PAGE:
The Liberty Gazette
December 4, 2018Ely Air Lines
By Mike Ely and Linda Street-Ely
“I have never been to a memorial service where there’s a full band playing ‘When the Saints Go Marching In,’ but this was one to get up and boogie to,” said our friend Lisa Jewett of the memorial service of music legend, Roy Clark.
Lisa manages the airport in Grove, Oklahoma where Roy and Barbara Clark had a home and spent half the year. “He’d come to the airport just to talk. I knew him not as Roy the superstar, but as Roy the person. Every time he and Barbara stopped in, I knew we’d be a while because he just wanted to chat. He talked about the set of Hee! Haw! and traveling tales and flying, and he had friends all over the world.”
As a kid, Roy longed to fly. Growing up poor in Meherin, Virginia, he collected cereal box tops to send away for a cardboard cockpit. But his magic on banjo and guitar earned him the name, “Superpicker,” and the money that followed allowed him to reach his dreams. He bought a Piper Tri-Pacer, learned to fly, and took his father, who had always wanted to be a pilot, for his first airplane ride in it. Later, Roy flew a sleek Beechcraft Debonair to gigs far away and returned home when the last autograph was signed.
But he worried about fatigue after long evenings on stage. Smartly, he invested in a high-performance Mitsubishi MU-2J turboprop and a professional pilot to be his sidekick. In the cockpit, this picking pilot took flying seriously. Life was precious—everyone’s.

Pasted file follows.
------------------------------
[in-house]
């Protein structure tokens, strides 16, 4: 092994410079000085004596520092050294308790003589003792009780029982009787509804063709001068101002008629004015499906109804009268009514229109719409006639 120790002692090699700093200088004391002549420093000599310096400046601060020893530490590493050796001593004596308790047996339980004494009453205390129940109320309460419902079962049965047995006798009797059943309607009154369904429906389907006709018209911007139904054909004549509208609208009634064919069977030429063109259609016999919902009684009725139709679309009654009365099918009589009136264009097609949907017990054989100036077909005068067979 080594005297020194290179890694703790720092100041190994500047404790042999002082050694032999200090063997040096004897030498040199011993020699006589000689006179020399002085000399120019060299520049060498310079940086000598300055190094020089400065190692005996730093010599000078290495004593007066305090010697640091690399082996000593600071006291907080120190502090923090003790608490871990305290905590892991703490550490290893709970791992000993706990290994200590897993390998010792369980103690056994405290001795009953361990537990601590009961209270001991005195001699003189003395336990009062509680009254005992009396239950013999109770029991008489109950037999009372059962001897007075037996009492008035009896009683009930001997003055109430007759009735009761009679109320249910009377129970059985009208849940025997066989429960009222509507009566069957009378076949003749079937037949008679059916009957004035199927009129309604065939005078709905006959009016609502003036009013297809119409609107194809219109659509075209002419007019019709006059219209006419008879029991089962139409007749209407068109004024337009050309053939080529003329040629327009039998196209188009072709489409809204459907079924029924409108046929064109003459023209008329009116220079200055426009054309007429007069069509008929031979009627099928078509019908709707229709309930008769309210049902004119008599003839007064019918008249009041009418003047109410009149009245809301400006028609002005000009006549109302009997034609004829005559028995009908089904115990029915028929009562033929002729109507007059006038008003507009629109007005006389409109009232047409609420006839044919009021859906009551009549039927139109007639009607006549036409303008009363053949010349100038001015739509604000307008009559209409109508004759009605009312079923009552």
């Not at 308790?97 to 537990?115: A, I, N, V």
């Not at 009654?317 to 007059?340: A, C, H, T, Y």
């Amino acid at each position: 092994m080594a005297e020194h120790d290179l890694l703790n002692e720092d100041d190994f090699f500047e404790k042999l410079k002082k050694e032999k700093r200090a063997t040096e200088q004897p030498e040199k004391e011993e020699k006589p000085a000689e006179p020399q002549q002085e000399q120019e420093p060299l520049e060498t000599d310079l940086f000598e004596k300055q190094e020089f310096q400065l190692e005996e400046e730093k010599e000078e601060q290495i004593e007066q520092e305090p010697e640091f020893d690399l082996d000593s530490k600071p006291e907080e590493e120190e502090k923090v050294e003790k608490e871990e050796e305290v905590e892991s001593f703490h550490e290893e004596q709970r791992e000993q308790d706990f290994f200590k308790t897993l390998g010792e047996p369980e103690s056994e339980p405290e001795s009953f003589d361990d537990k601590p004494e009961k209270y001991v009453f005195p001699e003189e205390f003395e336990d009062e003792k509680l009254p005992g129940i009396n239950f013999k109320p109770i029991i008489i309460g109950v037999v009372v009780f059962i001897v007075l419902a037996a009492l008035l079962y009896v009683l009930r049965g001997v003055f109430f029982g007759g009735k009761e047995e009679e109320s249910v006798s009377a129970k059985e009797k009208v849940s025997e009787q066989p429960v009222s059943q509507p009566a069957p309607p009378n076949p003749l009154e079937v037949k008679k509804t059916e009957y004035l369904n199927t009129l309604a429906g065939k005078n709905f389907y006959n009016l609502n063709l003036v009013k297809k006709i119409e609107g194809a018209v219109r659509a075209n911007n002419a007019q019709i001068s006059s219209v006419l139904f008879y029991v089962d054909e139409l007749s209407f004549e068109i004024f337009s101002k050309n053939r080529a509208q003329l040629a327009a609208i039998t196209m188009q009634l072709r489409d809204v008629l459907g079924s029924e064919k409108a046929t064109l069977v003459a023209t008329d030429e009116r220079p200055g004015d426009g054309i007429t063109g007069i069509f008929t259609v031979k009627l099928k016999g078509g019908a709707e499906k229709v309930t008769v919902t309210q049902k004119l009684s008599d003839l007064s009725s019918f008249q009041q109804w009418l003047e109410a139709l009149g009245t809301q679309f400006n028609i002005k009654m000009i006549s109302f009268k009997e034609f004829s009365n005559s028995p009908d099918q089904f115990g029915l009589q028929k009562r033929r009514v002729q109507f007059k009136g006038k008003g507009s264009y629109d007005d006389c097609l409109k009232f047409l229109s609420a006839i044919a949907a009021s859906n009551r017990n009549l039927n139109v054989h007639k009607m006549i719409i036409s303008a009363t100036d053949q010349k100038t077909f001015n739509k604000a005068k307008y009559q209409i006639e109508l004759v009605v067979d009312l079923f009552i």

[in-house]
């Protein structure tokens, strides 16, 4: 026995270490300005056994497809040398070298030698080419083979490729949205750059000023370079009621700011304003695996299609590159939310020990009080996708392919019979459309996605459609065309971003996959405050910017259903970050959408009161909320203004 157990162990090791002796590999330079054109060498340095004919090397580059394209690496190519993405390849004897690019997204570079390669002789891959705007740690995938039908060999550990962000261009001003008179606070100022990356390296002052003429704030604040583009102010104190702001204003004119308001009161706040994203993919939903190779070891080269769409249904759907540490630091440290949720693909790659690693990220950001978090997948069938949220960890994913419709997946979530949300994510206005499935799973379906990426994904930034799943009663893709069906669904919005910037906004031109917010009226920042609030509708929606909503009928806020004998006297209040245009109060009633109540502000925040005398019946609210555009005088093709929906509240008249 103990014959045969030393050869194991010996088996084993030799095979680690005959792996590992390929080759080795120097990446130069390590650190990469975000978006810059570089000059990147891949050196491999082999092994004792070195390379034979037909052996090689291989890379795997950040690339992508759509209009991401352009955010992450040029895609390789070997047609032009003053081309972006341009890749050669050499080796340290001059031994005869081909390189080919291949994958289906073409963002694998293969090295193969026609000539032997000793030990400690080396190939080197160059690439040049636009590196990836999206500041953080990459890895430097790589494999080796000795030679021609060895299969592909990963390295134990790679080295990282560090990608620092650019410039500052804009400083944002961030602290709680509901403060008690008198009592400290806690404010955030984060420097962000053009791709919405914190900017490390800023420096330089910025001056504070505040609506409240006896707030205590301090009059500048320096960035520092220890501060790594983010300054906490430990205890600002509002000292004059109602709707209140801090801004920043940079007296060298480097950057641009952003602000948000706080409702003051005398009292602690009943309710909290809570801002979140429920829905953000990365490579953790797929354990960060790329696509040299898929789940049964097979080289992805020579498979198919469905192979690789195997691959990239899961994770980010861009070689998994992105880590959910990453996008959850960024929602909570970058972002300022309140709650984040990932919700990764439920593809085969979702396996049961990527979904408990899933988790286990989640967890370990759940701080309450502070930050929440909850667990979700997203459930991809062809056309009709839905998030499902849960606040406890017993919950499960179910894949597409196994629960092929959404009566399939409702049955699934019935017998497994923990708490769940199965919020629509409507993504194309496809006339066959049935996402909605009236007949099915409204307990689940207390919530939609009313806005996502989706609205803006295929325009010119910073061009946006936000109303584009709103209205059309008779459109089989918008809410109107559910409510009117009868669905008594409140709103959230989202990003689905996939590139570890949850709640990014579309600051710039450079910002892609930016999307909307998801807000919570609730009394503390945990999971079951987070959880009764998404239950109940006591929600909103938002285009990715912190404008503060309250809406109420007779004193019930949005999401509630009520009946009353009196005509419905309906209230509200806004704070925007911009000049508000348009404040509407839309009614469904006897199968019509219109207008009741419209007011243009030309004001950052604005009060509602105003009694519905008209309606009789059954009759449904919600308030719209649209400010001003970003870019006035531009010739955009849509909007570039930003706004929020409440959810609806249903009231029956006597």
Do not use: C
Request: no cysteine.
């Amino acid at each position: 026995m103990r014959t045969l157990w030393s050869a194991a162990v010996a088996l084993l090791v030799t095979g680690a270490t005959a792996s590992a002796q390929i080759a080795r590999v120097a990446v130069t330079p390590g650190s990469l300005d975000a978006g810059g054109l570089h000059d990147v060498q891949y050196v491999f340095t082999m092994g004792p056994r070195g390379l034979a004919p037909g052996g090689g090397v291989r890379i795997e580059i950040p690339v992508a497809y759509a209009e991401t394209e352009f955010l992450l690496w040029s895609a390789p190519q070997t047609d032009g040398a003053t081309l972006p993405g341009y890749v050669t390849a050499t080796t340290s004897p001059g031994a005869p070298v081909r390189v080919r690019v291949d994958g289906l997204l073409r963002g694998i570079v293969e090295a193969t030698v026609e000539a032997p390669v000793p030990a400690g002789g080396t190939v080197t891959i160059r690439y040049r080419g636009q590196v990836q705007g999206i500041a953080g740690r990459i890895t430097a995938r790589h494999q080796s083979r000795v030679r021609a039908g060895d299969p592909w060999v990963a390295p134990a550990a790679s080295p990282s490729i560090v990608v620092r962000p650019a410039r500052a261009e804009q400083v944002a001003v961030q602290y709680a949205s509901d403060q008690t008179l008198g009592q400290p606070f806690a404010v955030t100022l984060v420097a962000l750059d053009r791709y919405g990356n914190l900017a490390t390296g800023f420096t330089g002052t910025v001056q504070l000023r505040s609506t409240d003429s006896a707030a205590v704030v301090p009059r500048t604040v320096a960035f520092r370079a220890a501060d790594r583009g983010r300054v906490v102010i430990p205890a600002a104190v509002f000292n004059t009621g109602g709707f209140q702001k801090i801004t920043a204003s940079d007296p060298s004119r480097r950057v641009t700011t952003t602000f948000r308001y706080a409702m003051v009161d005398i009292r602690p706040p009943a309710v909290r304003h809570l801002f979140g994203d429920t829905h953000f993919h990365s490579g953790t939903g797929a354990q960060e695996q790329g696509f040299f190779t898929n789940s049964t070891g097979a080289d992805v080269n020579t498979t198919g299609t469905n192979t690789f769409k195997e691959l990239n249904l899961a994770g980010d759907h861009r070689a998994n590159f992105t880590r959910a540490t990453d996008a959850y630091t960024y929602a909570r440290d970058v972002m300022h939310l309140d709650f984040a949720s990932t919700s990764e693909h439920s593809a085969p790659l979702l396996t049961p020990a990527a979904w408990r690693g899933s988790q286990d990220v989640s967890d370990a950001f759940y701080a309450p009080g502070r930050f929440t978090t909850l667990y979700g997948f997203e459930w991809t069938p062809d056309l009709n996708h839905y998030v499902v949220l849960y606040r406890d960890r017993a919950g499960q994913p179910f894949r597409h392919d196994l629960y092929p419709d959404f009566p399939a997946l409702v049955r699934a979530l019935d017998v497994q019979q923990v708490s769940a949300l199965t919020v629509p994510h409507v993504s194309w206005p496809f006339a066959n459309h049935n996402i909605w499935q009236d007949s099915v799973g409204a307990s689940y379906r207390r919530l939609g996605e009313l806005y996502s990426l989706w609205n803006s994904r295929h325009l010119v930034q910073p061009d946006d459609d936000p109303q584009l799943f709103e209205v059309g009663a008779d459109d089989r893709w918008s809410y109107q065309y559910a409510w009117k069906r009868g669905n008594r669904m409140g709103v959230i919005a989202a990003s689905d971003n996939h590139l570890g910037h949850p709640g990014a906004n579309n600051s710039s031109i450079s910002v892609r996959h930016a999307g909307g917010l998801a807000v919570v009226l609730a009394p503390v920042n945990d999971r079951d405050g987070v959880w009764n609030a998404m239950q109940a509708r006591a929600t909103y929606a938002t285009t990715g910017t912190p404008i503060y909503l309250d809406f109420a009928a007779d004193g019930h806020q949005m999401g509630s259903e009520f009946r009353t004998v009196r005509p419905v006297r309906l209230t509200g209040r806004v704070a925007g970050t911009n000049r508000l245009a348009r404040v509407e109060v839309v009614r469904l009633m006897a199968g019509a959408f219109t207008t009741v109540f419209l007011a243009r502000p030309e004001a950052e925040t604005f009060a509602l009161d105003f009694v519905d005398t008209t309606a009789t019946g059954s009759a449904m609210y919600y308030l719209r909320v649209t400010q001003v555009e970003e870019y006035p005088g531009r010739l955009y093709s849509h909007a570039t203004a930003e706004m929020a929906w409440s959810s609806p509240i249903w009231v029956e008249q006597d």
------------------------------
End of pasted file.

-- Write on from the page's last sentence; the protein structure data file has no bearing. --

At his concerts, Roy would say, “Do something nice for somebody. And don’t expect a thank-you in return.” He lived his advice. Lisa’s father had been a big fan. When her mom died, she took her dad’s guitar and asked Roy to sign it. “He signed really big all over the front of that guitar, and now it’s just priceless. Dad was grieving and here was something that would make him smile, from a man who lived his life wanting to make people happy.”
Lisa found opportunities to give back to Roy. Ever since he was young he wanted to be in a helicopter. When money was no longer an obstacle, time was. One day when he was visiting Lisa, the DEA landed in a Blackhawk. He wasn’t getting around too easily by then, so she drove him in her car to the helicopter. DEA agents helped him climb inside and spent time showing him the aircraft. “He said that was the best time of his life. He did something he’d always wanted to do. He even had tears.” That’s one of Lisa’s favorite stories.
|When the Saints Go Marching In!|
“Roy was a simple, loving, giving man, a family man. He cared more about his family than anything else in the world. He was down-to-earth and humble, the kind of guy who would always say, ‘I love you,’ whenever he left. I like to think he spent his last days telling everyone how much he loved them.”